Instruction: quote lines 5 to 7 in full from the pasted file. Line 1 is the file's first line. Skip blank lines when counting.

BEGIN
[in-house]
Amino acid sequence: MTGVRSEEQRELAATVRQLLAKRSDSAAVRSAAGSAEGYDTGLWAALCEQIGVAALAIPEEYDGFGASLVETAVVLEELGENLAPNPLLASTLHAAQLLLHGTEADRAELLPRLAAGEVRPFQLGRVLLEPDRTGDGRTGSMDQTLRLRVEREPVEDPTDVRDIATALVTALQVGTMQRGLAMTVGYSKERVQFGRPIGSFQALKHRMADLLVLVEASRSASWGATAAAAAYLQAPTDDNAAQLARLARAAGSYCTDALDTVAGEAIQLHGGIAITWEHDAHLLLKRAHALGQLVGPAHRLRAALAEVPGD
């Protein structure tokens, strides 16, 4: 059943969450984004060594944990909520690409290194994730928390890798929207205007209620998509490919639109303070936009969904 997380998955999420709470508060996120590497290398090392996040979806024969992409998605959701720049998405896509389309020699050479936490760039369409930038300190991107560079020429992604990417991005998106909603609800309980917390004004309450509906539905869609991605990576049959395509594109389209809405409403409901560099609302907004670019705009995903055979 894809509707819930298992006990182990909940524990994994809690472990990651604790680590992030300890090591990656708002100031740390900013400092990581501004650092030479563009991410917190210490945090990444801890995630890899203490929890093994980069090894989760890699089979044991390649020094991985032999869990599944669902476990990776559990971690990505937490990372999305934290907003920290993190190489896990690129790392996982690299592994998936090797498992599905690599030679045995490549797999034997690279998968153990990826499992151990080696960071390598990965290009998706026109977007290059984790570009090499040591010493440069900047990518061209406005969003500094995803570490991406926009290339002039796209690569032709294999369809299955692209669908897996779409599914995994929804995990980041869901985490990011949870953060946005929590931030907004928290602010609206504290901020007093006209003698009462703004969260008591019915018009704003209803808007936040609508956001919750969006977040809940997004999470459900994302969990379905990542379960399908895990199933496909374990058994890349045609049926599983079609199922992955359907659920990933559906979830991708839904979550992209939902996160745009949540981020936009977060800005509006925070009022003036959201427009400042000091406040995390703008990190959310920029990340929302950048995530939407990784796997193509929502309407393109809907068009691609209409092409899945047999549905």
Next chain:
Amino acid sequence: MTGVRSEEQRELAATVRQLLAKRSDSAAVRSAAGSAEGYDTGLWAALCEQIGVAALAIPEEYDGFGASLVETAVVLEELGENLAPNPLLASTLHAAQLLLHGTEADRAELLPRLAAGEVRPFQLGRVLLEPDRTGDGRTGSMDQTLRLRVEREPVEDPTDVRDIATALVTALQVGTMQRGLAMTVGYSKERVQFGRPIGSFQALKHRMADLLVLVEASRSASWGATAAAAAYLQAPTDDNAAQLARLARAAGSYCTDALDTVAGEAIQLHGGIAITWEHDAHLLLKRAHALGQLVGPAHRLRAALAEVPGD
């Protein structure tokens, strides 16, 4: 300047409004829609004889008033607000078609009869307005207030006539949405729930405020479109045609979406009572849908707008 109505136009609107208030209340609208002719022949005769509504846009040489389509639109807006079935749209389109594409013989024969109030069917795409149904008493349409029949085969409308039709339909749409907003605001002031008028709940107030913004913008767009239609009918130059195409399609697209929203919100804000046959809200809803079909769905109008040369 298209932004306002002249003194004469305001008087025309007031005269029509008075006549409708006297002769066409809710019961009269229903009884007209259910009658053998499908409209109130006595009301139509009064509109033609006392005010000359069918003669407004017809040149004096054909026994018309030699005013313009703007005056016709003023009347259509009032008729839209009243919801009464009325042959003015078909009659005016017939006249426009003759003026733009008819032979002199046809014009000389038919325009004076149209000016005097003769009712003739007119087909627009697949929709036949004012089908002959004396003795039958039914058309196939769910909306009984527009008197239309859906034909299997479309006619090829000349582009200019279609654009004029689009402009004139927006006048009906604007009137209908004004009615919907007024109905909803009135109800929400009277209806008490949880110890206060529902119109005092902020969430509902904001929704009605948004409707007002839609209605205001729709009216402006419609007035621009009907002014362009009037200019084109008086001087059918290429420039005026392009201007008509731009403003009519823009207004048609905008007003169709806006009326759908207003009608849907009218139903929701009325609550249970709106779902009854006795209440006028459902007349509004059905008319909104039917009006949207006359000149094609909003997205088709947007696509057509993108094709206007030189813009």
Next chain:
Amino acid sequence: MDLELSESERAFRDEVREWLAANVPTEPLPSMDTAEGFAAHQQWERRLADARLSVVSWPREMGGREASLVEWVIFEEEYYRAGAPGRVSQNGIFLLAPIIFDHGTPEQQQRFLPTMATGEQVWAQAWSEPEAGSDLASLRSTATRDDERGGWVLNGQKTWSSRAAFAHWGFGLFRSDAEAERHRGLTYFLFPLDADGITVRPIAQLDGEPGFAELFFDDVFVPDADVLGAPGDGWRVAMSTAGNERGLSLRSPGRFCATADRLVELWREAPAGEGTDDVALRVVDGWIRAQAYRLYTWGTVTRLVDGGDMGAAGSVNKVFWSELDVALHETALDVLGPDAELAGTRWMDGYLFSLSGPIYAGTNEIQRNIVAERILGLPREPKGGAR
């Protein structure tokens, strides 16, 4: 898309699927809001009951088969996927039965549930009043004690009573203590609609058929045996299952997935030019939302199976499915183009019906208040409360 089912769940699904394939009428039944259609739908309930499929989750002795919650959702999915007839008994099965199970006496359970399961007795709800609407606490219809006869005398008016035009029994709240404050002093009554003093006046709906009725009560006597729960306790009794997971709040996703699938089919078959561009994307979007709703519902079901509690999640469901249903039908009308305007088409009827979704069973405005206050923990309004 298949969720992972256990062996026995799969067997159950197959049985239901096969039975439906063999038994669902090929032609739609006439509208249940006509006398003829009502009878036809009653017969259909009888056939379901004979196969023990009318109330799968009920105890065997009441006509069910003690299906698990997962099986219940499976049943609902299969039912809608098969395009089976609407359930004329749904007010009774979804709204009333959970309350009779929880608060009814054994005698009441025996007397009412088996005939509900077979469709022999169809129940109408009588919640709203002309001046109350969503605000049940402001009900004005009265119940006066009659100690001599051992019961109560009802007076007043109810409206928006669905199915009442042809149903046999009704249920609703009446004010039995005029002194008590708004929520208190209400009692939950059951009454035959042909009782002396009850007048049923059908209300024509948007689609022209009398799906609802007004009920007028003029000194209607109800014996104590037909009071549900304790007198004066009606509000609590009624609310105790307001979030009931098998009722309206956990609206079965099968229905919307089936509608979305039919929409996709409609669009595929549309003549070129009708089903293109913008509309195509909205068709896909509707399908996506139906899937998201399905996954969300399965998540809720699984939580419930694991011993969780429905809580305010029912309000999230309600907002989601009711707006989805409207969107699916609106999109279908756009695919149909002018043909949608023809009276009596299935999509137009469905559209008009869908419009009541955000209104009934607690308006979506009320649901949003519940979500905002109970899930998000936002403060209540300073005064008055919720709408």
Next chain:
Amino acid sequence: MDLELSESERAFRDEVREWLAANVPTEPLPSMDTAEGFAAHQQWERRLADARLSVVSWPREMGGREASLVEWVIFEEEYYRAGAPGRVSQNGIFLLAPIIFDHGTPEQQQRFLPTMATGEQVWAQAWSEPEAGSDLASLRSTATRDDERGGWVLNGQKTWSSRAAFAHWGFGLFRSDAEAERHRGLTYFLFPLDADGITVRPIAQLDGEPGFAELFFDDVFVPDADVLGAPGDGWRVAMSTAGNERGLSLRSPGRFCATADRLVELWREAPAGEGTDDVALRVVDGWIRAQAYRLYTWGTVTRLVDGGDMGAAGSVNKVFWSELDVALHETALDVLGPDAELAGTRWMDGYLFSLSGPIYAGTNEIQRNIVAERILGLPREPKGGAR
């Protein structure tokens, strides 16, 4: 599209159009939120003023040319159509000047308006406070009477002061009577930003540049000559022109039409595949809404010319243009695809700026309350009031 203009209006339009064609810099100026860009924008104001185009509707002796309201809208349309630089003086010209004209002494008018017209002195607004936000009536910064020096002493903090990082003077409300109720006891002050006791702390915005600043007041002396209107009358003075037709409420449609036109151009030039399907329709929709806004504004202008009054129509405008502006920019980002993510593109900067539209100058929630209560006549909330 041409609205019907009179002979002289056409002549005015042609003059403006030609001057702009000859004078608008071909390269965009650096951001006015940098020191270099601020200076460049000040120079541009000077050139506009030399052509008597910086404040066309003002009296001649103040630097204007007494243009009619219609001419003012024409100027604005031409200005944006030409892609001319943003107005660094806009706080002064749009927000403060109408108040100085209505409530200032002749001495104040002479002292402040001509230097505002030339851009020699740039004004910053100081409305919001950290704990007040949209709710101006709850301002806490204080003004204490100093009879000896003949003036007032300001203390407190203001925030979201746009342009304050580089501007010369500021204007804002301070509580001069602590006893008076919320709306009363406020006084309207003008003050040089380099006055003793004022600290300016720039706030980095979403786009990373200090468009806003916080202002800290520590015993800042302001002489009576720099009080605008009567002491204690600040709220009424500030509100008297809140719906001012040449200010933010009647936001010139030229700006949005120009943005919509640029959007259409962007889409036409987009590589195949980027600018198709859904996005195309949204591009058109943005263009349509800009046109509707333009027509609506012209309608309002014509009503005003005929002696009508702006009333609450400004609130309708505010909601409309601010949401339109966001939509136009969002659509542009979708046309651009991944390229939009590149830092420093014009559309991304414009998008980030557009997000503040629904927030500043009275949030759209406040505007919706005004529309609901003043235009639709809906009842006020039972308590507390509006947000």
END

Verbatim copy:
Amino acid sequence: MTGVRSEEQRELAATVRQLLAKRSDSAAVRSAAGSAEGYDTGLWAALCEQIGVAALAIPEEYDGFGASLVETAVVLEELGENLAPNPLLASTLHAAQLLLHGTEADRAELLPRLAAGEVRPFQLGRVLLEPDRTGDGRTGSMDQTLRLRVEREPVEDPTDVRDIATALVTALQVGTMQRGLAMTVGYSKERVQFGRPIGSFQALKHRMADLLVLVEASRSASWGATAAAAAYLQAPTDDNAAQLARLARAAGSYCTDALDTVAGEAIQLHGGIAITWEHDAHLLLKRAHALGQLVGPAHRLRAALAEVPGD
């Protein structure tokens, strides 16, 4: 300047409004829609004889008033607000078609009869307005207030006539949405729930405020479109045609979406009572849908707008 109505136009609107208030209340609208002719022949005769509504846009040489389509639109807006079935749209389109594409013989024969109030069917795409149904008493349409029949085969409308039709339909749409907003605001002031008028709940107030913004913008767009239609009918130059195409399609697209929203919100804000046959809200809803079909769905109008040369 298209932004306002002249003194004469305001008087025309007031005269029509008075006549409708006297002769066409809710019961009269229903009884007209259910009658053998499908409209109130006595009301139509009064509109033609006392005010000359069918003669407004017809040149004096054909026994018309030699005013313009703007005056016709003023009347259509009032008729839209009243919801009464009325042959003015078909009659005016017939006249426009003759003026733009008819032979002199046809014009000389038919325009004076149209000016005097003769009712003739007119087909627009697949929709036949004012089908002959004396003795039958039914058309196939769910909306009984527009008197239309859906034909299997479309006619090829000349582009200019279609654009004029689009402009004139927006006048009906604007009137209908004004009615919907007024109905909803009135109800929400009277209806008490949880110890206060529902119109005092902020969430509902904001929704009605948004409707007002839609209605205001729709009216402006419609007035621009009907002014362009009037200019084109008086001087059918290429420039005026392009201007008509731009403003009519823009207004048609905008007003169709806006009326759908207003009608849907009218139903929701009325609550249970709106779902009854006795209440006028459902007349509004059905008319909104039917009006949207006359000149094609909003997205088709947007696509057509993108094709206007030189813009």
Next chain: